UX Checklist Series: Display Ad Design

This post is from our User Experience (UX) Checklist Series:


Display ads function like small, targeted billboards. From websites to blogs to your mobile device, ads pop up just about everywhere. They reach millions of people worldwide, but conversion rates for typical display ads are relatively low compared to other conversion channels. So, why create them?

Well, similar to billboards, display ads are valuable brand awareness and top of the funnel tools. When done successfully they can help you increase your brand recognition, promote your business, and tout new products or services.

Dissimilar to billboards, display ads come in many different formats, and can be optimized to reach the right people through keywords, demographics, location, and remarketing. While the success of an ad greatly depends on the audience, industry, and product/service, there are some data-informed best practices that can be useful.

Check out our list below to identify some quick wins to improve your ad’s usability and conversion.

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General Structure & Format

Much like billboards, display ads only viewed for a couple of moments so keeping the design clean, simple, and focused is extremely important. Try to include only what is absolutely necessary:

  • Company’s brand This communicates who you are, and can be your company’s logo or name. Your ad should also embody your company’s visual branding through fonts, colors, and imagery style.
  • Single, targeted headline This communicates what you’re offering and why. Speak directly to your audience, and keep your messaging focused.
  • Clear, distinguishable call to action This is how you want your users to act. If you want people to convert, your path to act must be extremely clear.
  • Single focal point or eye-catching image Most likely, this is what will grab your audience’s attention. Much like your headline, keep the imagery focused and use it to support your content.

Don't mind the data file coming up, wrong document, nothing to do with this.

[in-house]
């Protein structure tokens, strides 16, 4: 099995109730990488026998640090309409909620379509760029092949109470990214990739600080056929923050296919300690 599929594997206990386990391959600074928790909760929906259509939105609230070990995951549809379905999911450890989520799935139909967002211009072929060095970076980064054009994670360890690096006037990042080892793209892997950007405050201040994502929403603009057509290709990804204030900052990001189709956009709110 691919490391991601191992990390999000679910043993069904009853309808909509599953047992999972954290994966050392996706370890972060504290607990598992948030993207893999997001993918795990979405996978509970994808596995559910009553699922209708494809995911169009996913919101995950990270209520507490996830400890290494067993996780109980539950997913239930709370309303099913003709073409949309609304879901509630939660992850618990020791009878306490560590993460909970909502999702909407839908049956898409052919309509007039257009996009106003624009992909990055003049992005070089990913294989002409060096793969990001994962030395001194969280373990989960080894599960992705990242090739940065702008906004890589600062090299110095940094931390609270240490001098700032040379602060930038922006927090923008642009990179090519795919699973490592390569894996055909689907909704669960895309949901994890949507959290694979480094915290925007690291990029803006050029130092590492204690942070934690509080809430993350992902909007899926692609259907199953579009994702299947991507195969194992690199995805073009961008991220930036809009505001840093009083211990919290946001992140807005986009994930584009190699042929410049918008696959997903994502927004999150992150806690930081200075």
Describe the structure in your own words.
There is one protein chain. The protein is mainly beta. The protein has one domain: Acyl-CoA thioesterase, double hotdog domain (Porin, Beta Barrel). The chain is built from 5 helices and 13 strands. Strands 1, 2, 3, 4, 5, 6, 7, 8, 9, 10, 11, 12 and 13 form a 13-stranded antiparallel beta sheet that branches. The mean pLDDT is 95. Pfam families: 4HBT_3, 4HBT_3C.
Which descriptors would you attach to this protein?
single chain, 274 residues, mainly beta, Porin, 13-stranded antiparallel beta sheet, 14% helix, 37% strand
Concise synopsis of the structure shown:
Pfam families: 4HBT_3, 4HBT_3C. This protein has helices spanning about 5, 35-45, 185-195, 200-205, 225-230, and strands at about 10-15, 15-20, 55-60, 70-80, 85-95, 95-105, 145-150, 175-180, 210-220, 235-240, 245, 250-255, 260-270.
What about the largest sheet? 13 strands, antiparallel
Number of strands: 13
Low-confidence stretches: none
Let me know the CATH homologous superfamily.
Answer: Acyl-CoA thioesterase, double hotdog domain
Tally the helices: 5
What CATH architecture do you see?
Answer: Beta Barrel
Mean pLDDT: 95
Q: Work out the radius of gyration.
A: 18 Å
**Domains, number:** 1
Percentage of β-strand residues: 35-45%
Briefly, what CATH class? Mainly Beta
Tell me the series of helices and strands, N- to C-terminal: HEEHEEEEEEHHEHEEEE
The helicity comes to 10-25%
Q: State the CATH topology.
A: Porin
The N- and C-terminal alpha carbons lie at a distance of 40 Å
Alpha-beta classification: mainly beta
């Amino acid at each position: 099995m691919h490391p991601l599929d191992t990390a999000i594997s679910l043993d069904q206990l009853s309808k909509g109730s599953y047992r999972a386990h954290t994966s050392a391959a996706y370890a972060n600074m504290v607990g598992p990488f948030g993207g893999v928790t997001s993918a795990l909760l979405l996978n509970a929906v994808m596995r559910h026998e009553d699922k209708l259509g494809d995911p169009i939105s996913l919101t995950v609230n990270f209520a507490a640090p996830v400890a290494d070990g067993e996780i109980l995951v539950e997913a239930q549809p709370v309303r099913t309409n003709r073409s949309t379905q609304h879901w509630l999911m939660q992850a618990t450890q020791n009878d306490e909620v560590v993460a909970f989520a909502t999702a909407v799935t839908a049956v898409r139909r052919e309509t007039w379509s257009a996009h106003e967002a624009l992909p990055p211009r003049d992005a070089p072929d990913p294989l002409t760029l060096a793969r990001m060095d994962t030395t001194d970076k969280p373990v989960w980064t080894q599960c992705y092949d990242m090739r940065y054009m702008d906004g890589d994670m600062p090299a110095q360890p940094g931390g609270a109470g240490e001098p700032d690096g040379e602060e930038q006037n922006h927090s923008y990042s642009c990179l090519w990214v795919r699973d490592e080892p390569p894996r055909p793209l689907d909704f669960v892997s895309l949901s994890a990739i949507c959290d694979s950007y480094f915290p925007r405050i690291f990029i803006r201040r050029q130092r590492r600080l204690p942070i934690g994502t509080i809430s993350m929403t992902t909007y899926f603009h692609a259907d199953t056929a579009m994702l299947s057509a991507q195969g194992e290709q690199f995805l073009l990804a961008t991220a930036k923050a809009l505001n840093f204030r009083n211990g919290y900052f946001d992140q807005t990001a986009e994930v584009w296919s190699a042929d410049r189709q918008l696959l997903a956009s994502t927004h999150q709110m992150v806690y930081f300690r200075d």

• Tell a narrative The positioning of these elements can communicate a narrative: Who you are, what you’re offering and why, and how your users can act.
  • Keep it concise As mentioned, messaging on banners needs to be concise and easily absorbed within a few seconds. To fit within that 1-3 second window, a 5-10 word maximum is recommended.

According to Google, certain sizes complement page layouts better than others, and as a result have better performance metrics.

Some of the top performing sizes include:

  • 728x90: The “leaderboard” performs well above the main content or on forum sites.
  • 300x600: The “half page” ad has plenty of space for messaging and visual elements in comparison to other ad sizes.
  • 300x250: The “medium rectangle” performs well when embedded within text blocks, sidebars, or at the end of articles.
  • 336x280: The “large rectangle” is slightly larger than it’s medium counterpart, and performs well within text blocks or at the ends of articles.

Technical Elements

Technical elements provide the basic foundation for usability best practices, and can be some low-hanging fruit for a few quick wins.

  • Use Colors Optimized for Screens Web browsers are designed to read hexadecimal codes, so it’s important to use colors optimized for screen performance. This includes either hex values or RGB.